{{ searchResult.published_at | date:'d MMMM yyyy' }}

Loading ...
Loading ...

Enter a search term such as “mobile analytics” or browse our content using the filters above.


That’s not only a poor Scrabble score but we also couldn’t find any results matching “”.
Check your spelling or try broadening your search.


Sorry about this, there is a problem with our search at the moment.
Please try again later.

Tim Berners-Lee has today been rightly defending the internet as a platform that should be kept free from snooping, but I fear he is swimming against a rising tide.

The creator of the web (and scourge of print media barons) is fighting against those who want to track and monetise user behaviour.

He was unveiled as the star witness at an event organised by privacy group NoDPI.org, and held at the UK’s Houses of Parliament. Berners-Lee found himself in the red corner and was up against Phorm CEO Kent Ertgrul, in the blue corner. The BBC has a good write up on it here.

Berners-Lee’s concerns about Big Brother are valid, and worrying. He doesn’t believe that ISPs should be able to watch user behaviour and pass it on to third parties - such as Phorm - even if the data is washed of all personal traces (surely an impossible task for an automated system to accomplish successfully).

“There will be a huge commercial pressure to release this data. I feel that it should just not be collected,” he argues.

“To allow someone to snoop on your internet traffic is to allow them to put a television camera in your room, except it will tell them a whole lot more about you than the television camera.”

The trouble is that there’s nothing new here, and there’s a lot of grey area. 

Take internet stats firm Hitwise, for example, which has benefited from the willingness of at least one major ISP to release its data, allowing it to track consumer trends. 

Then there’s Google. While it isn’t an ISP, it is an all-seeing eye. It has massive reach from Google Search, the Google Toolbar, and the likes of YouTube, from which it can collect – and make sense of – an astonishing amount of intention- and behavioural-based data.

As if to ram the point home in timely fashion, Google today released its ‘interest-based advertising’ programme. The key difference, other than Google’s lack of ISP status, is that it is handing over the power to consumers, who will be able to make use of various controls that help determine what is tracked (and as such what ads they see).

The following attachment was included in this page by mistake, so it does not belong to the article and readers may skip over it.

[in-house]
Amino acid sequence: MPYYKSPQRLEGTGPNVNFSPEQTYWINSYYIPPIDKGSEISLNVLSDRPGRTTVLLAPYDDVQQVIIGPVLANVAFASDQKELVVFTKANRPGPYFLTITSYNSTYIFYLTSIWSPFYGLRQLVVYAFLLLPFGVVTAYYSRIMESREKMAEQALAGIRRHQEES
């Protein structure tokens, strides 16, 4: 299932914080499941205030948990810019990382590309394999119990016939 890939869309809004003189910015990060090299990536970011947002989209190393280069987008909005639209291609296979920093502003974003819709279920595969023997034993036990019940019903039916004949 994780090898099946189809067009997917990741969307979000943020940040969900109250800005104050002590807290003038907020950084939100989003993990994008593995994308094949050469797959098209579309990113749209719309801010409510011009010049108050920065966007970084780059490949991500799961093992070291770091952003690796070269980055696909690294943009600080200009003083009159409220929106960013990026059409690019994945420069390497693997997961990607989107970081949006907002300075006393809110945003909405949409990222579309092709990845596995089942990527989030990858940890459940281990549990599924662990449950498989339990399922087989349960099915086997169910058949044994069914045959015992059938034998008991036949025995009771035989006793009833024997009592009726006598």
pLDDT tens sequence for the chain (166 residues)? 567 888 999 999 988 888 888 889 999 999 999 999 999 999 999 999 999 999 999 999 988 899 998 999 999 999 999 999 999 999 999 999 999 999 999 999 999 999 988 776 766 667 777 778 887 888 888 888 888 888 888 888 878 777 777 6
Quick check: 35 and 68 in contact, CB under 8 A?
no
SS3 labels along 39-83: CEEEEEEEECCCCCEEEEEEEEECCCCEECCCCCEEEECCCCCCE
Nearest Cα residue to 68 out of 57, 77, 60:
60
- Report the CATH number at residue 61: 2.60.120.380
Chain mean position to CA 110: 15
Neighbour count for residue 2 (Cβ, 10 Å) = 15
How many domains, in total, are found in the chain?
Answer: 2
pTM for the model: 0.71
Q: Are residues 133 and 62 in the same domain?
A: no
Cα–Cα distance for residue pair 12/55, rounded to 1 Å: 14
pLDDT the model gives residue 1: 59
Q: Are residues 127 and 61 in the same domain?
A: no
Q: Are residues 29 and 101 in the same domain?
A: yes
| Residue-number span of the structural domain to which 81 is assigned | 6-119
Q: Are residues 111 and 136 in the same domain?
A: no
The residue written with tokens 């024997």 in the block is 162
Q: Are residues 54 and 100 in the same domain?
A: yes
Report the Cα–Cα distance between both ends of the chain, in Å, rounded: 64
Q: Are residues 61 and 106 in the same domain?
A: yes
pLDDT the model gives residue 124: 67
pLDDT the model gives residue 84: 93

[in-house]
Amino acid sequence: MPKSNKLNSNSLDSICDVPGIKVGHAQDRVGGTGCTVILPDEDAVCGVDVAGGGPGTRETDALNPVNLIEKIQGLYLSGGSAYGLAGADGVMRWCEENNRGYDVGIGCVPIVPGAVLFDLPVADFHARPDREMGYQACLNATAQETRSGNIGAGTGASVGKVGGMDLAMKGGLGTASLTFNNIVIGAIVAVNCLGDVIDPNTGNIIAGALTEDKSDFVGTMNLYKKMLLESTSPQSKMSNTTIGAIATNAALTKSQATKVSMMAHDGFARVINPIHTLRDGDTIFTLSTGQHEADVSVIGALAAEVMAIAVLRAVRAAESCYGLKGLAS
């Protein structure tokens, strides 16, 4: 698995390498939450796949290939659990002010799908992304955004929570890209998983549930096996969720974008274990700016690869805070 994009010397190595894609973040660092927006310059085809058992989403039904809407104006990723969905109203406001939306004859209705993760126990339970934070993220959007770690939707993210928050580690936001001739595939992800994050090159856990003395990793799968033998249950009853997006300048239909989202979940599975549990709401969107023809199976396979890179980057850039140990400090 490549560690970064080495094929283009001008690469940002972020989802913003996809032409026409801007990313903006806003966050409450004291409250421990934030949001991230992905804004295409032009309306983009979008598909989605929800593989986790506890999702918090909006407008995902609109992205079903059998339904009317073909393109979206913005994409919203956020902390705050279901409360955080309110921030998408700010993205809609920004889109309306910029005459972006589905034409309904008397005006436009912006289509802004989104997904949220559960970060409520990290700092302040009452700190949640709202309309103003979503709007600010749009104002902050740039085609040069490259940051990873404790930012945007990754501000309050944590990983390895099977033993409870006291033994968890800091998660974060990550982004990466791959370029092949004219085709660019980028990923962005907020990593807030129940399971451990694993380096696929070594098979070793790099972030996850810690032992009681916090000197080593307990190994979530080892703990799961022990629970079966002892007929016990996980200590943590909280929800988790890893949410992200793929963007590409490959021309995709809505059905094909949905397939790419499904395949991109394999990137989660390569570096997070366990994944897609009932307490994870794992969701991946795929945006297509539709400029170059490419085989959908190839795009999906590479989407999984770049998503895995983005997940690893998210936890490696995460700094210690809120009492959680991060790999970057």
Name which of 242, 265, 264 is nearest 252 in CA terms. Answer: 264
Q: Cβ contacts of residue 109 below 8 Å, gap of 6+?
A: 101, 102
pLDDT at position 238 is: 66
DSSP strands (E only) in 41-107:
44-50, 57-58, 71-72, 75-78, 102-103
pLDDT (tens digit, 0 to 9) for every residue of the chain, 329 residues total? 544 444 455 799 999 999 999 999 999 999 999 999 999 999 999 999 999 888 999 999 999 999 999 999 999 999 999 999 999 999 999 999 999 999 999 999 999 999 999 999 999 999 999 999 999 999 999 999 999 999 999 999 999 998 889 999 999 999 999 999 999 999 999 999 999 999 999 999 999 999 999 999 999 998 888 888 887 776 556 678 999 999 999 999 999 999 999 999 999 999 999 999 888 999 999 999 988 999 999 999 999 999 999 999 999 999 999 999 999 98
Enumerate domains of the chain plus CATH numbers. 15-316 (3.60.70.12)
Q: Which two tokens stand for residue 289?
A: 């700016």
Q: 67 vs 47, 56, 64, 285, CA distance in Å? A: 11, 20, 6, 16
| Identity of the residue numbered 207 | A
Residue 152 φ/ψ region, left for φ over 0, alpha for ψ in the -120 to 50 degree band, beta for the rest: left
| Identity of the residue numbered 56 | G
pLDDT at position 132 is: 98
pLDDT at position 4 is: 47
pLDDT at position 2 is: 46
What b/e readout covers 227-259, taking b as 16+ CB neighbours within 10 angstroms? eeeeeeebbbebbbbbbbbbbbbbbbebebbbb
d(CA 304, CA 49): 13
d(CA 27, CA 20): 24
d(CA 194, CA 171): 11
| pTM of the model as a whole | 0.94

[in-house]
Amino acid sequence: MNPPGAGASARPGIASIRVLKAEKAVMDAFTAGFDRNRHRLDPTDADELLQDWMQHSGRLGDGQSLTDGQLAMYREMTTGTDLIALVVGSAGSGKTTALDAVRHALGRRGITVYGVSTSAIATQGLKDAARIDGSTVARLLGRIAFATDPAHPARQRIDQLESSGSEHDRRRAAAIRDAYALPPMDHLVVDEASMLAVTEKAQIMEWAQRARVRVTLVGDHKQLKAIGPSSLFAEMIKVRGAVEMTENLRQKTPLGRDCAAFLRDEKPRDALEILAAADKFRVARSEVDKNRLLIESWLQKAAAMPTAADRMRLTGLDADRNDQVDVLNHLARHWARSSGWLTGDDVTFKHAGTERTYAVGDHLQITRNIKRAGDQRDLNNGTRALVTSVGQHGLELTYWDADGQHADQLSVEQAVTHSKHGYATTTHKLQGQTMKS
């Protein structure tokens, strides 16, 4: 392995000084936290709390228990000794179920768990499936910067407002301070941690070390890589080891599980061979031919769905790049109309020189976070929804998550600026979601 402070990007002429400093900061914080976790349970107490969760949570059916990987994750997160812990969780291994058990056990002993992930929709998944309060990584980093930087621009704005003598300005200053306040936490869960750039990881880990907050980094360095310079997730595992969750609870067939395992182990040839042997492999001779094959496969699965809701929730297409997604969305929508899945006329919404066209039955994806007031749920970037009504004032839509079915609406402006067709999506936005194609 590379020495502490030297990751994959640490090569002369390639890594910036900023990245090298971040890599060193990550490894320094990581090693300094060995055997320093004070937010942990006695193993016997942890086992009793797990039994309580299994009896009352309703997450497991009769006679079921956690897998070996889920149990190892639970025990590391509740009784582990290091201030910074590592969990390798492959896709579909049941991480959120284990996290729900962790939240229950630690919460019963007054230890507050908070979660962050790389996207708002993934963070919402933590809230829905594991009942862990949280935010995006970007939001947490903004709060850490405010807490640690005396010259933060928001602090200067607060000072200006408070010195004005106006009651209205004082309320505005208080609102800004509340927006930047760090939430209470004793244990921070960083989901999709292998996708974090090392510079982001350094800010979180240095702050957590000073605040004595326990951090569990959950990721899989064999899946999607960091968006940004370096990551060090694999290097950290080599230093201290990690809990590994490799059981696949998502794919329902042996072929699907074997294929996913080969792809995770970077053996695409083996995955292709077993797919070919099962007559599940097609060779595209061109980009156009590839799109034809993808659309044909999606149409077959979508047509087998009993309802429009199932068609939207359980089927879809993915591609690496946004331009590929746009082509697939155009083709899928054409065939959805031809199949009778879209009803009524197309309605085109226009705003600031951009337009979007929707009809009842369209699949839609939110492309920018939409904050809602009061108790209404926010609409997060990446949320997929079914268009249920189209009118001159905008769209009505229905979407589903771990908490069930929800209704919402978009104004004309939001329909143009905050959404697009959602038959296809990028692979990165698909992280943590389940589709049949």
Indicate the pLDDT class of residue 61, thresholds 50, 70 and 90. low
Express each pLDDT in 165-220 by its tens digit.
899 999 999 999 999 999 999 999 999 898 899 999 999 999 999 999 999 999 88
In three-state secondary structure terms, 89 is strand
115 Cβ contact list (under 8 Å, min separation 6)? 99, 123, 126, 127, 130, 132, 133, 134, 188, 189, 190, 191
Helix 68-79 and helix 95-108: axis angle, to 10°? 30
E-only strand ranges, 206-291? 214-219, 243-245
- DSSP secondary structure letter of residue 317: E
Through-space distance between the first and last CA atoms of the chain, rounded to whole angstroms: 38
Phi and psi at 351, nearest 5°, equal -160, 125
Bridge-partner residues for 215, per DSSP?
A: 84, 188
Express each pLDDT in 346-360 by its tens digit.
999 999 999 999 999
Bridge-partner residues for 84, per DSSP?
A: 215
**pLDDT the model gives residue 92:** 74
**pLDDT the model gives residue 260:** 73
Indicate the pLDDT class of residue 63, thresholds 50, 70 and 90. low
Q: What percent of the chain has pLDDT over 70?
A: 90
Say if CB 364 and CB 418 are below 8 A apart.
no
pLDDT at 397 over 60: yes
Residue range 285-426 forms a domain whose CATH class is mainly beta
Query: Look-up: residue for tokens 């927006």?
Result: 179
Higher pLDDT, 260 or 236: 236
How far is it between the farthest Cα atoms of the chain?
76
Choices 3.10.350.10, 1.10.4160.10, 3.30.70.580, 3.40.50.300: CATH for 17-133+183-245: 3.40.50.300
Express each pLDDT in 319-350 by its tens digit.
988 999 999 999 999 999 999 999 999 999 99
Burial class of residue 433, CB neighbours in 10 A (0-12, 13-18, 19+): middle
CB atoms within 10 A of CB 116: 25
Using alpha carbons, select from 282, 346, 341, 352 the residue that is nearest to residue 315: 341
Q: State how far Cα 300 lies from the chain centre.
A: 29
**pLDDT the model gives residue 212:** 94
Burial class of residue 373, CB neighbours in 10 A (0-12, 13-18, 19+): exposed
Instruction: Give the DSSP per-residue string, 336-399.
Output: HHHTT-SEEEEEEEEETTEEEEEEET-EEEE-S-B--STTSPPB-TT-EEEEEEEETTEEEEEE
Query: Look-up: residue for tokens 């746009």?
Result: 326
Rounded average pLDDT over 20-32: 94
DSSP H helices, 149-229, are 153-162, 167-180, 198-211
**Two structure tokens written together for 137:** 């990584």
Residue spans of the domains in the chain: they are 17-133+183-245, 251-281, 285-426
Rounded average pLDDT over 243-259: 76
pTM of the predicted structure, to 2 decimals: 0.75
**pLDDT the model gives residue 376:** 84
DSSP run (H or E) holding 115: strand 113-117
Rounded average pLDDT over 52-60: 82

Personally, I think data is the absolute future of advertising. It is surely going to be the saviour of TV.

With TV advertising in steep decline, the immediate future appears to be bleak. But look a few years ahead and the way TV will be accessed / received will be different: it will be channelled via the internet, once broadband networks have been sufficiently upgraded.

As such IPTV will allow for a segmented approach to ad targeting, and there’s the opportunity for TV executives to roll-out a kind of Blyk model, whereby consumers trade off fixed subscription costs in return for data. That data will help advertisers better target their messages, something they traditionally pay a premium to be able to do. 

I’m not sure where this leaves print media, but the future for TV – and digital advertising generally – is a lot brighter than we may think. It will be powered by technology innovation. The Phorm model could be considered one such innovation, though the execution leaves plenty to be desired

And in a nut, that leads us onto the key problem, which remains one of trust. Without trust, there will be no buy-in from consumers. That’s the big issue here, not technology or the capturing of data by nefarious means. Data should be pushed out by consumers, in return for (better, cheaper, or entirely free) services.

Privacy can and should be controlled by the end-user, for incentives. It's that simple. Somebody will get this right before too long, and Google seems to be working along the right lines.

This is a game driven by money and results. Advertisers want efficiency. And publishers need money, and fast. They are increasingly starting to feel the effects of the downturn (like the TV sector, there is significant downward pressure on ad rates). In such an environment, if they’re presented with more effective ways of generating advertising revenue then I’m quite sure they’ll be tempted. It’s a great time to be rolling out data-driven ad technologies. Adoption is pretty much guaranteed.

Or, to put it another way, I’ll refer you to the question posed by renowned technology and media pundit Eddie Izzard: “Cake or death?”

Chris Lake

Published 11 March, 2009 by Chris Lake

Chris Lake is CEO at EmpiricalProof, and former Director of Content at Econsultancy. Follow him on Twitter, Google+ or connect via Linkedin.

582 more posts from this author

Comments (1)


Stephen Mainwaring

Chris I think you are missing the point about current user tracking systems as used by search engines, Hitwise etc.

As a customer I can choose to use Google; I can choose to block cookies; I can choose to opt-in to tracking / advertising platforms if an opt-in facility exists.

With 'deep packet inspection' systems there is no choice. Customer information will still be intercepted even if the customer has not opted in to receive adverts.

This is the bit customers are objecting to. Not the ads, but the way in which a customer can still be profiled whether he / she wants ads or not.

over 7 years ago

Save or Cancel

Enjoying this article?

Get more just like this, delivered to your inbox.

Keep up to date with the latest analysis, inspiration and learning from the Econsultancy blog with our free Daily Pulse newsletter. Each weekday, you ll receive a hand-picked digest of the latest and greatest articles, as well as snippets of new market data, best practice guides and trends research.